By Greg Butterfield, Workers World
In late January and early February, Donetsk and Lugansk faced their worst wartime conditions in nearly two years, as the U.S.-backed Ukrainian government of President Petro Poroshenko escalated terror-bombing of homes, schools, hospitals, and essential services in the capital city of Donetsk and all along the front line.
At the same time, contradictory statements and belligerent actions by the Donald Trump administration in Washington have undermined lingering hopes in Donetsk, Lugansk and neighboring Russia for a significant change in the U.S. posture towards Ukraine that could lead to a de-escalation of the war.
It was three years ago – in February 2014 – that a U.S.-backed and -funded movement called Euromaidan, led by neo-Nazis and right-wing Ukrainian nationalists, toppled the elected government of Ukraine. In its place, this movement, portrayed as a “popular revolution” in the West, installed an open dictatorship of oligarchs, neo-Nazis and politicians loyal to the U.S and European Union.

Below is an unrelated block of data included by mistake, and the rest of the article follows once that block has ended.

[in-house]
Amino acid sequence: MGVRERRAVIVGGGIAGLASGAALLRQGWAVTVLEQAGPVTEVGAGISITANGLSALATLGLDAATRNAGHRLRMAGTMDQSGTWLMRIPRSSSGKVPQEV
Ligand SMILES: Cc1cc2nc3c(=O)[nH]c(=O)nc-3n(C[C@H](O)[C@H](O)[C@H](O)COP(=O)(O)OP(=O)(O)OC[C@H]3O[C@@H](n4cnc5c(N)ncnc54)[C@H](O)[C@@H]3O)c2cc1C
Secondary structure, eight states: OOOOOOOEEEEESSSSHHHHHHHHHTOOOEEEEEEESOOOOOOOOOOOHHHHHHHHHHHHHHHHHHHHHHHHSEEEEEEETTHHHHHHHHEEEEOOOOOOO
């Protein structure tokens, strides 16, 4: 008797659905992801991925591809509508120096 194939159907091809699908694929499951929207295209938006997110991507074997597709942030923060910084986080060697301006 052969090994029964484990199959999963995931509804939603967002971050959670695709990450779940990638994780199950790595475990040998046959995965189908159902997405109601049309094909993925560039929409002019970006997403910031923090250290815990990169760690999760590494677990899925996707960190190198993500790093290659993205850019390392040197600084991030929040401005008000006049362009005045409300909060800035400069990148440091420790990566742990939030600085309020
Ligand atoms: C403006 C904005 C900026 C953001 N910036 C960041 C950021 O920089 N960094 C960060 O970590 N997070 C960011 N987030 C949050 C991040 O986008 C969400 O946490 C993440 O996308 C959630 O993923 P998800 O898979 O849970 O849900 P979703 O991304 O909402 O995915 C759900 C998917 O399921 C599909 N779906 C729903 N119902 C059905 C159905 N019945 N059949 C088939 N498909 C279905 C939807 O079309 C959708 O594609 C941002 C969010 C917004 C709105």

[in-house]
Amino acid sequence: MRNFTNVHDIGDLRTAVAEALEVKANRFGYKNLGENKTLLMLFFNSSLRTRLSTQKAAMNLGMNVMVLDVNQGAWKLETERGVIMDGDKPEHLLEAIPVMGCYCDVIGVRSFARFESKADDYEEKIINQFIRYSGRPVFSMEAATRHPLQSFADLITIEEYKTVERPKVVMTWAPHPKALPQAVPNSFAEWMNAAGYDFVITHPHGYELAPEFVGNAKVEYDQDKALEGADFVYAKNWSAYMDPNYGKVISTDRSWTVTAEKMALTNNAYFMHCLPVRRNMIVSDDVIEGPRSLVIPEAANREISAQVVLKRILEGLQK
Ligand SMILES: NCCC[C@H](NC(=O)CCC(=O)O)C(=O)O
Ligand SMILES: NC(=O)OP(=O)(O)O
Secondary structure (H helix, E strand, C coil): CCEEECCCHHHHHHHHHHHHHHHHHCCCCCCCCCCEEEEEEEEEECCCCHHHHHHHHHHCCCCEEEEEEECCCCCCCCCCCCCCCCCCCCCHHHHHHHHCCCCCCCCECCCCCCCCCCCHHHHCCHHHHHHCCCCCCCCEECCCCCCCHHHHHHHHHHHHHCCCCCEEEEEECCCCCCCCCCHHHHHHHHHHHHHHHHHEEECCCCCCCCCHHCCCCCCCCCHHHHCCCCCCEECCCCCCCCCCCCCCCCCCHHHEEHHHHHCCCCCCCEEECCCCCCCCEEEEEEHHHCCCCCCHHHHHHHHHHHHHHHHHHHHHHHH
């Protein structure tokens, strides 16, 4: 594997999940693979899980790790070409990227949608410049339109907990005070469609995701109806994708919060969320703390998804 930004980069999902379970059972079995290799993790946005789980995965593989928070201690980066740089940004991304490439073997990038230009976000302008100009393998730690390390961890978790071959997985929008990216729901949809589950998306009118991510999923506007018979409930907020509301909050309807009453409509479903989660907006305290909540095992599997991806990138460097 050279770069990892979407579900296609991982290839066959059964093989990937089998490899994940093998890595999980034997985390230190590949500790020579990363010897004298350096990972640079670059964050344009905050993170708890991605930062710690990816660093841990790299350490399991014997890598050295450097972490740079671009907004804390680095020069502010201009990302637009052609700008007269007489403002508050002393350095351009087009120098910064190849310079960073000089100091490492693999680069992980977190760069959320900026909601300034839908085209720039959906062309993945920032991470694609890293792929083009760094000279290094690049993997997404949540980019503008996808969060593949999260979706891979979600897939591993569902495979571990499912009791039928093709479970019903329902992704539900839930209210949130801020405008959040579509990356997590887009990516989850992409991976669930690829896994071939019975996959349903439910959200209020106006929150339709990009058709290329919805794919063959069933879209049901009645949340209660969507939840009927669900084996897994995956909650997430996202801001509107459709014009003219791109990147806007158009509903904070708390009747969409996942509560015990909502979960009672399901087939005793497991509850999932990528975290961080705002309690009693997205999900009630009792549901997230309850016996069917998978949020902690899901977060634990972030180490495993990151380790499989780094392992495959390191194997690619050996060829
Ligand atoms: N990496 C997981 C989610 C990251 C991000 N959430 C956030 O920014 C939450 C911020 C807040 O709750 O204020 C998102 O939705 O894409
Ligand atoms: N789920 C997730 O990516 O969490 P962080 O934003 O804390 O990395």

The new junta in Kiev declared war on the primarily Russian-speaking and working-class population of the country’s southeast, leading to uprisings in many cities and the secession of Crimea, Donetsk and Lugansk. In mass democratic referenda, Crimea opted to rejoin the Russian Federation, while people in the Donbass mining region declared independent Donetsk and Lugansk People’s Republics.
The Obama administration condemned Russia’s reintegration of Crimea, imposing sanctions, and using the events Washington itself helped set in motion in Ukraine to put the NATO military alliance on a provocative war footing in eastern Europe.
Kiev, armed and funded by the West, suppressed the protests in eastern Ukraine and declared war on Donetsk and Lugansk. Fighting raged for almost a year before Ukrainian forces were decisively beaten by the popular anti-fascist militias of local workers and international volunteers in early 2015. At that time a peace accord, known as the “Minsk II agreement,” was brokered by Russia, Germany and France. However, the Kiev junta and its U.S. backers have dragged out negotiations while constantly violating the ceasefire agreement.